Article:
The European Court of Human Rights is set to rule on a $98 billion claim against Russia by bankrupt oil company Yukos. Former executives say the company was broken up illegally by the Kremlin.
Yukos was once Russia's largest oil company
The European Court of Human Rights on Thursday began hearing a $98 billion (71.7 billion euros) claim against Russia by the executives of bankrupt oil company Yukos.
The oil firm, once the largest in Russia, declared bankruptcy in 2006 after a multi-billion-dollar back-tax claim. Former executives say the company was broken up illegally by allies of then President Vladimir Putin in an attempt to consolidate his authority over Russia's influential tycoons.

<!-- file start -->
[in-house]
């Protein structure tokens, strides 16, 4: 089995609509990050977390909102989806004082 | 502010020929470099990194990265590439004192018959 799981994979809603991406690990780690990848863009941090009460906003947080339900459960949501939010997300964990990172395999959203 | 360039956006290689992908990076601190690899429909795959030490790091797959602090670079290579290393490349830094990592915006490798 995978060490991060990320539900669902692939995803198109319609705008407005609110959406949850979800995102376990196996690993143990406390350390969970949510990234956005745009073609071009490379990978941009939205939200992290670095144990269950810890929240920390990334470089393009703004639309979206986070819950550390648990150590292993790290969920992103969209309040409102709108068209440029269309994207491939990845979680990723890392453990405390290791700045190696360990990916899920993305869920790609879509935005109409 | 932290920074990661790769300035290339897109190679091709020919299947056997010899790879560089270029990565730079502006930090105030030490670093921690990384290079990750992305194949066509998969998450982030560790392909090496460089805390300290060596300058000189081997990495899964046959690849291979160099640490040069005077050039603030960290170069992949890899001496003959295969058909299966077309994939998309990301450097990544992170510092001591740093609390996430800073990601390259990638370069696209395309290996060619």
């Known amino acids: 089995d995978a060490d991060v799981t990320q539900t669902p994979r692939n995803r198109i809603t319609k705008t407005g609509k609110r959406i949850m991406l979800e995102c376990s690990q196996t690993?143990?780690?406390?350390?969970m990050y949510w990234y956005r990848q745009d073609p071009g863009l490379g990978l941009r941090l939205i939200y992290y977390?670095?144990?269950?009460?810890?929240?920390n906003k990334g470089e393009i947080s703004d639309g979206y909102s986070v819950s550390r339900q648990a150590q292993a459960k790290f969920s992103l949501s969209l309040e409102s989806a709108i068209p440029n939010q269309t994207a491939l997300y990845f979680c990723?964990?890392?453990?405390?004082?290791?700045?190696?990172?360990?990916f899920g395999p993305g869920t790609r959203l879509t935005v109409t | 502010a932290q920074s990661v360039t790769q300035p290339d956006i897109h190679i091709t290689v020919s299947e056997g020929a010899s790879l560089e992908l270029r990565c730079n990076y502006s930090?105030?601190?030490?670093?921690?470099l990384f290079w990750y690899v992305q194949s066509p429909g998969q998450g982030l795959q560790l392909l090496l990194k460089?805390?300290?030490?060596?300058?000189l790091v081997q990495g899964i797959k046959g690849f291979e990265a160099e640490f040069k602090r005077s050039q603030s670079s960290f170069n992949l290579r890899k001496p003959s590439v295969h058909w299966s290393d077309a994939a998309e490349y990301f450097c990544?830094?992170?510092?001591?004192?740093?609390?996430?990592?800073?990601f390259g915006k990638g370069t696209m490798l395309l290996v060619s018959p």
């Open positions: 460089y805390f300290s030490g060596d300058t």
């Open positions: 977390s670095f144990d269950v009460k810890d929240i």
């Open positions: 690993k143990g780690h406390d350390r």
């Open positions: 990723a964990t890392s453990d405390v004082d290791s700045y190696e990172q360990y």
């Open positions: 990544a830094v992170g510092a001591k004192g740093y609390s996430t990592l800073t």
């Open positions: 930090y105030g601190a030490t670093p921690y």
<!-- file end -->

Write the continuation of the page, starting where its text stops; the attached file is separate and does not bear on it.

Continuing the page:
"This is a landmark moment in the seven-year Yukos case," said Claire Davidson, a spokeswoman for the plaintiffs in Strasbourg. "It is the first time that the Russian Federation and Yukos oil company will come face to face in an independent court to address the world's largest allegation of expropriation."
Russia will be legally obliged to follow the court's rulings. The Council of Europe will be able to apply diplomatic pressure to ensure Russia pays any settlement, but is unable to seize assets.
Mikhail Khodorkovsky, former Yukos owner and Russia's richest man, is now serving an eight-year prison sentence for fraud and tax evasion. In an article in Wednesday's edition of Nezavisimaya Gazeta, he said Russia's justice system is a conveyer belt of guilty verdicts for anyone the state considers a threat.
Putin has said the trial was fair, as Khodorkovsky made his fortune by illegally grabbing state assets and avoiding tax in the 1990s.
Editor: Rob Turner